Drouth, by Madison Cawein
The hot sunflowers by the glaring pike
Lift shields of sultry brass; the teasel tops,
Pink-thorned, advance with bristling spike on spike
Against the furious sunlight. Field and copse
Are sick with summer: now, with breathless stops,
The locusts cymbal; now grasshoppers beat
Their castanets: and rolled in dust, a team,—
Like some mean life wrapped in its sorry dream,—
An empty wagon rattles through the heat.
Where now the blue wild iris? flowers whose mouths
Are moist and musky? Where the sweet-breathed mint,
That made the brook-bank herby? Where the South's
Wild morning-glories, rich in hues, that hint
At coming showers that the rainbows tint?
Where all the blossoms that the wildwood knows?
The frail oxalis hidden in its leaves;
The Indian-pipe, pale as a soul that grieves;
The freckled touch-me-not and forest rose.
Dead! dead! all dead beside the drouth-burnt brook,
Shrouded in moss or in the shriveled grass.
Where waved their bells, from which the wild-bee shook
The dewdrop once,—gaunt, in a nightmare mass,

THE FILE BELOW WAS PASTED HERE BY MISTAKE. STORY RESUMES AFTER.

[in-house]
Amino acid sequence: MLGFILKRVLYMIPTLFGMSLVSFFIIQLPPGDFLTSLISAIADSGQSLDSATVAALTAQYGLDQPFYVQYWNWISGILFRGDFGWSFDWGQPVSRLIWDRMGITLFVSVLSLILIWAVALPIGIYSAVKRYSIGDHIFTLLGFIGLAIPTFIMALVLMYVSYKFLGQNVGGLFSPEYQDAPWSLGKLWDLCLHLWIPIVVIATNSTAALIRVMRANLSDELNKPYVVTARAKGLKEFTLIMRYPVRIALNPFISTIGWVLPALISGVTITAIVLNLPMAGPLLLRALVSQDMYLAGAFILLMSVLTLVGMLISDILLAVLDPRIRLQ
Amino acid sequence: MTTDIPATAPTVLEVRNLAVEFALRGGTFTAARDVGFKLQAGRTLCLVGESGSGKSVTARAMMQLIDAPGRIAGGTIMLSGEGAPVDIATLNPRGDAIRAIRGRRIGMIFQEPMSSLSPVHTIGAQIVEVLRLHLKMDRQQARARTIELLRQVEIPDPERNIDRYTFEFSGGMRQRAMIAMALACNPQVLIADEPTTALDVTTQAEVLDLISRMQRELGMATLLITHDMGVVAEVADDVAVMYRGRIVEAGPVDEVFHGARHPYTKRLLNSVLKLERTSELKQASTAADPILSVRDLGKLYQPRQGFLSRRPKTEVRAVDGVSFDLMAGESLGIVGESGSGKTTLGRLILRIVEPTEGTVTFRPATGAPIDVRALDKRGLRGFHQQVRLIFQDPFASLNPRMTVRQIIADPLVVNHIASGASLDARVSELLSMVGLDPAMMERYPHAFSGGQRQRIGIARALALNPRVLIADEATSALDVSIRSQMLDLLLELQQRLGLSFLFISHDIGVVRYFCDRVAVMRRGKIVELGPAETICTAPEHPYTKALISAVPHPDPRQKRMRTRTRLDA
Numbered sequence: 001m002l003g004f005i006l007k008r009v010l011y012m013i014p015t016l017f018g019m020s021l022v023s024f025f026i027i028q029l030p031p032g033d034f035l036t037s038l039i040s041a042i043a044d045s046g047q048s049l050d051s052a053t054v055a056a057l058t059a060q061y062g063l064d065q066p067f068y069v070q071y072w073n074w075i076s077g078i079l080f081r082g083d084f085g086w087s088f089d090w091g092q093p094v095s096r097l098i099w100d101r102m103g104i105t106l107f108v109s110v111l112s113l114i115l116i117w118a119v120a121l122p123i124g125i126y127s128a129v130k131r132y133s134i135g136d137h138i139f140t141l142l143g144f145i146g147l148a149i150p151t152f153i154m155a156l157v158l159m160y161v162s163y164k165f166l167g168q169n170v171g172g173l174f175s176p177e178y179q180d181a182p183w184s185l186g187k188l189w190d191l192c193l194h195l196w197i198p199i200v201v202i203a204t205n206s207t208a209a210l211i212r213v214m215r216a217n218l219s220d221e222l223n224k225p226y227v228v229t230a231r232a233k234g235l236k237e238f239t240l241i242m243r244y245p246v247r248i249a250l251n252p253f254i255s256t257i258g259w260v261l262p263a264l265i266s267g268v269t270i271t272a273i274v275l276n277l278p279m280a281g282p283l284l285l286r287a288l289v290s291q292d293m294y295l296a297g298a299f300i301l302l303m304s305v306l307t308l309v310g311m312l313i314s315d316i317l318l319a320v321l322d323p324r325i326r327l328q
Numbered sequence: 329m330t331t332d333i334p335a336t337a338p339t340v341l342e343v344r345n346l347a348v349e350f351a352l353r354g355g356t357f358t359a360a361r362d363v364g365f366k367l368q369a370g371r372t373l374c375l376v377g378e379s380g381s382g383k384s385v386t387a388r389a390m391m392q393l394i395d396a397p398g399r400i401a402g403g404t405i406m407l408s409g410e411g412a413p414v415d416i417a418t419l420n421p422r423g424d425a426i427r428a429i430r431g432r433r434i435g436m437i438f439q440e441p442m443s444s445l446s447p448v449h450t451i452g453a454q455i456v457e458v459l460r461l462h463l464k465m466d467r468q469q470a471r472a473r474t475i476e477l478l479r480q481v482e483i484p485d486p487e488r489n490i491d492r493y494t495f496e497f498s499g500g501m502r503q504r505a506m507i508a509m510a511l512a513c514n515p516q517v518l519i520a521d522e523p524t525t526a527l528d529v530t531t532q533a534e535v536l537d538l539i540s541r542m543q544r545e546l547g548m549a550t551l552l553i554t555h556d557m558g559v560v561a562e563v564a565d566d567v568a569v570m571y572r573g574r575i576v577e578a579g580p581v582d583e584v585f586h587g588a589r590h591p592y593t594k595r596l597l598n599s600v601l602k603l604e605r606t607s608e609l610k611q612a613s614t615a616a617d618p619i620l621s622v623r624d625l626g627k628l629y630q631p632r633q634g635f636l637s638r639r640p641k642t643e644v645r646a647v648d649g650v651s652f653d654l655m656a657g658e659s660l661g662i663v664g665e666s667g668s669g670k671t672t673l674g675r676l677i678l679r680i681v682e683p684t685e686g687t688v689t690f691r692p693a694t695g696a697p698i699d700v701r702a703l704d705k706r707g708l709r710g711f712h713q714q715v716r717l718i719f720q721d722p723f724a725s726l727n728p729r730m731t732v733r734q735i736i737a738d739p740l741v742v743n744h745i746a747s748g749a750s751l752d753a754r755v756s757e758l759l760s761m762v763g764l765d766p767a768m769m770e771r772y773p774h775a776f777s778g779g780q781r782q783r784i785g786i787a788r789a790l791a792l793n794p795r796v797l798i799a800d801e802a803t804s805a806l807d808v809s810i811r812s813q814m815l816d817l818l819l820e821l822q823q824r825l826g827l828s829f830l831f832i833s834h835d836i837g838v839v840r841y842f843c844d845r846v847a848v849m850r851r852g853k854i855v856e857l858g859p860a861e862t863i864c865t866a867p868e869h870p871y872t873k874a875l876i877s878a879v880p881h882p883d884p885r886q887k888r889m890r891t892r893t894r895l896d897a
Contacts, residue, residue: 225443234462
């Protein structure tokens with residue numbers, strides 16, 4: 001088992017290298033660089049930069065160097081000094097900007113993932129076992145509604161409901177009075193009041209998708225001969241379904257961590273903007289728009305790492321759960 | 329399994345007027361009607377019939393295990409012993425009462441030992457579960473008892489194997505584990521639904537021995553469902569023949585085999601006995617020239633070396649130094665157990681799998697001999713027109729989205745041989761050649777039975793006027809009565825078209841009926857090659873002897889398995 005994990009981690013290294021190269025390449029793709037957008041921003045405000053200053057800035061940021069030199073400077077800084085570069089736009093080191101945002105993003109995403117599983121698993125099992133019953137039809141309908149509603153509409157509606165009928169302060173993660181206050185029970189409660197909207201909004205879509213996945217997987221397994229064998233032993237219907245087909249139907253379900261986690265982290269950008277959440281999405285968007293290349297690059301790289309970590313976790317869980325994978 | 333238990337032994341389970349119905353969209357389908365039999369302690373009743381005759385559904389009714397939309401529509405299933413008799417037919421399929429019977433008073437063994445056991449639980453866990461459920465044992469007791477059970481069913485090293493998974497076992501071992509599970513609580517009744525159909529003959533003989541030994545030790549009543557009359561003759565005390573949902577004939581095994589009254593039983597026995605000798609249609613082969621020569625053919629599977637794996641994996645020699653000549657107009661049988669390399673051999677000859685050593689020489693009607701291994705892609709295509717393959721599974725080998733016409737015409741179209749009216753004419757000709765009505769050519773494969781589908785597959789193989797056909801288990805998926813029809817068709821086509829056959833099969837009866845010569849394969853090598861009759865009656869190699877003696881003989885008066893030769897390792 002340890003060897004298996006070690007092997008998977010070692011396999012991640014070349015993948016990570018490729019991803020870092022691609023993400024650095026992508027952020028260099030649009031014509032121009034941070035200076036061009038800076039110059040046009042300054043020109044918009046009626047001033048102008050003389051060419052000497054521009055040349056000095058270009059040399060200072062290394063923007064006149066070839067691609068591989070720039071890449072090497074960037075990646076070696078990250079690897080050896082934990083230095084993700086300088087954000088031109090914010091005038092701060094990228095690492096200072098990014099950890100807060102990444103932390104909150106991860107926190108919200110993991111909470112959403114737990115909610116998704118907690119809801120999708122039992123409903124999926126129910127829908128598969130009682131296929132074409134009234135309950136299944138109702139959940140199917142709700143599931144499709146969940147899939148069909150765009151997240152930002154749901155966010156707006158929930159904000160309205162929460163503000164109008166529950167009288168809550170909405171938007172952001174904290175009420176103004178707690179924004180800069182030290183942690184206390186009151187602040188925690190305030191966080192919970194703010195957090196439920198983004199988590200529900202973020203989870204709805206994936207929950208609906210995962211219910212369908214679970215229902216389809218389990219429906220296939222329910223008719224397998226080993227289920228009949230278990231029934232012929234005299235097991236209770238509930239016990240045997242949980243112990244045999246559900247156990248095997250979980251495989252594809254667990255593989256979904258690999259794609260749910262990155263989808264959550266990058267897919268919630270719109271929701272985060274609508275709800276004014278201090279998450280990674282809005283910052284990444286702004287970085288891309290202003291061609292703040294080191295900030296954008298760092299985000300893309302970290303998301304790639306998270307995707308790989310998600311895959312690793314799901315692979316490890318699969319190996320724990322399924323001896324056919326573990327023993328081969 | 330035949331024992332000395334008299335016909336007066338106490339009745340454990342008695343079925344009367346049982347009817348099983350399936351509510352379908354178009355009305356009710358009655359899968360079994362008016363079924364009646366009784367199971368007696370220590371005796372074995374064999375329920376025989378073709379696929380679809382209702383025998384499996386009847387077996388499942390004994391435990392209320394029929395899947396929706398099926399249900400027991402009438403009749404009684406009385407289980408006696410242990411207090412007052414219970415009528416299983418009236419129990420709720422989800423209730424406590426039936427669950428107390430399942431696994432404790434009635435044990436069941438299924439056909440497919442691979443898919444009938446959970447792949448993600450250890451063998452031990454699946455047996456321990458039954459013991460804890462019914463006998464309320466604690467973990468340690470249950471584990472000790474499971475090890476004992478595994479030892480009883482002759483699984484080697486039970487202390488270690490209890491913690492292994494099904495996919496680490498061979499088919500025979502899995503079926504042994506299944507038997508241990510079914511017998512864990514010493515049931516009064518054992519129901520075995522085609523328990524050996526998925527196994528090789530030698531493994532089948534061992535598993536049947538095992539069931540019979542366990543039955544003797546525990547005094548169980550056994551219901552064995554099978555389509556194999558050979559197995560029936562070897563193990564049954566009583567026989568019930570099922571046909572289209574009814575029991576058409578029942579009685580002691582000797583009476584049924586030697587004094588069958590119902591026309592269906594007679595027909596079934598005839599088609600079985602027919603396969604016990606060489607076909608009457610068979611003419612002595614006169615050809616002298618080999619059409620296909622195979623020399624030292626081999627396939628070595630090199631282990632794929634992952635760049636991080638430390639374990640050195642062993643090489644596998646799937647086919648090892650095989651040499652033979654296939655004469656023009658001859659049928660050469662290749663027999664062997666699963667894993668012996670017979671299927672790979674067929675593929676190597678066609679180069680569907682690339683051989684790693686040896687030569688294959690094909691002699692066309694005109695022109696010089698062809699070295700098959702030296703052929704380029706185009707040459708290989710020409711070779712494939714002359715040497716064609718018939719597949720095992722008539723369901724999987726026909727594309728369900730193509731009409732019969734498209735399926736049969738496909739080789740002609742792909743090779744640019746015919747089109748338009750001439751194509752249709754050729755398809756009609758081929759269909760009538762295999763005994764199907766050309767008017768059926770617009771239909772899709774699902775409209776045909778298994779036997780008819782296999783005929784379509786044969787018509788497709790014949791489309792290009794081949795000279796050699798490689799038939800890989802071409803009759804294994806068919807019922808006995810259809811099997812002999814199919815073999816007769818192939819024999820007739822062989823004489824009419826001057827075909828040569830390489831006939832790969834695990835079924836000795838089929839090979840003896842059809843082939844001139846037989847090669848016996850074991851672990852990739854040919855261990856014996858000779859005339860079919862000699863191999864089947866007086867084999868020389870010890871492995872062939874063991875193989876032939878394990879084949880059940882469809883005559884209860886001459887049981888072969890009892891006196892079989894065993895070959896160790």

The rank weeds crowd; through which the cattle pass,
Thirsty and lean, seeking some meager spring,
Closed in with thorns, on which stray bits of wool
The panting sheep have left, that sought the cool,
From morn till evening wearily wandering.
No bird is heard; no throat to whistle awake
The sleepy hush; to let its music leak
Fresh, bubble-like, through bloom-roofs of the brake:
Only the green-gray heron, famine-weak,—
Searching the stale pools of the minnowless creek,—
Utters its call; and then the rain-crow, too,
False prophet now, croaks to the stagnant air;
While overhead,—still as if painted there,—
A buzzard hangs, black on the burning blue.